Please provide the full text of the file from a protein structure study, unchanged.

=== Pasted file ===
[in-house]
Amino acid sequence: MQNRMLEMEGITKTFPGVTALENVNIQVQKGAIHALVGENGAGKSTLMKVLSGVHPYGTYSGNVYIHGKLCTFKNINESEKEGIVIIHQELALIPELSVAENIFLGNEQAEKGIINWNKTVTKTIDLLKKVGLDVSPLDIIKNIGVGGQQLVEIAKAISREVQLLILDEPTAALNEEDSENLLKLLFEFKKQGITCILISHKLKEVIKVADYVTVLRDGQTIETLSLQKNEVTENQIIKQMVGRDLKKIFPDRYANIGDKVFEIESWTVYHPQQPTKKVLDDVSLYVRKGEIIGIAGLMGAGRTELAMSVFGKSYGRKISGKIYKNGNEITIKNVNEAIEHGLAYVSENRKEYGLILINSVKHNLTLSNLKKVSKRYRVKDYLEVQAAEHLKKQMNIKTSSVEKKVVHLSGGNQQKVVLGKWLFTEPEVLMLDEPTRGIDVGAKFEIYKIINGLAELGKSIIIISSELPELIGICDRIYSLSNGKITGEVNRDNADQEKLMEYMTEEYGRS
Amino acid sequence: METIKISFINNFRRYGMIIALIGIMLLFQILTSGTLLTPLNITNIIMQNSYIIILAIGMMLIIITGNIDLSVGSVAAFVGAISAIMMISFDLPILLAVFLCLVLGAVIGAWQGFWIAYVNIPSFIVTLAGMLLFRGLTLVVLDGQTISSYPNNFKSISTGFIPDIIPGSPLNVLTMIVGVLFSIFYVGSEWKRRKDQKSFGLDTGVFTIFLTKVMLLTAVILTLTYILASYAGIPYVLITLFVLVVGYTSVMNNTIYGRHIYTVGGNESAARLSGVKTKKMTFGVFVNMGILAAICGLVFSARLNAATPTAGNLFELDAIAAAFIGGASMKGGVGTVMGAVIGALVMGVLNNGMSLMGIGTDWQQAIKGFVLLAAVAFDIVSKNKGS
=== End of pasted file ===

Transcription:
[in-house]
Amino acid sequence: MQNRMLEMEGITKTFPGVTALENVNIQVQKGAIHALVGENGAGKSTLMKVLSGVHPYGTYSGNVYIHGKLCTFKNINESEKEGIVIIHQELALIPELSVAENIFLGNEQAEKGIINWNKTVTKTIDLLKKVGLDVSPLDIIKNIGVGGQQLVEIAKAISREVQLLILDEPTAALNEEDSENLLKLLFEFKKQGITCILISHKLKEVIKVADYVTVLRDGQTIETLSLQKNEVTENQIIKQMVGRDLKKIFPDRYANIGDKVFEIESWTVYHPQQPTKKVLDDVSLYVRKGEIIGIAGLMGAGRTELAMSVFGKSYGRKISGKIYKNGNEITIKNVNEAIEHGLAYVSENRKEYGLILINSVKHNLTLSNLKKVSKRYRVKDYLEVQAAEHLKKQMNIKTSSVEKKVVHLSGGNQQKVVLGKWLFTEPEVLMLDEPTRGIDVGAKFEIYKIINGLAELGKSIIIISSELPELIGICDRIYSLSNGKITGEVNRDNADQEKLMEYMTEEYGRS
Amino acid sequence: METIKISFINNFRRYGMIIALIGIMLLFQILTSGTLLTPLNITNIIMQNSYIIILAIGMMLIIITGNIDLSVGSVAAFVGAISAIMMISFDLPILLAVFLCLVLGAVIGAWQGFWIAYVNIPSFIVTLAGMLLFRGLTLVVLDGQTISSYPNNFKSISTGFIPDIIPGSPLNVLTMIVGVLFSIFYVGSEWKRRKDQKSFGLDTGVFTIFLTKVMLLTAVILTLTYILASYAGIPYVLITLFVLVVGYTSVMNNTIYGRHIYTVGGNESAARLSGVKTKKMTFGVFVNMGILAAICGLVFSARLNAATPTAGNLFELDAIAAAFIGGASMKGGVGTVMGAVIGALVMGVLNNGMSLMGIGTDWQQAIKGFVLLAAVAFDIVSKNKGS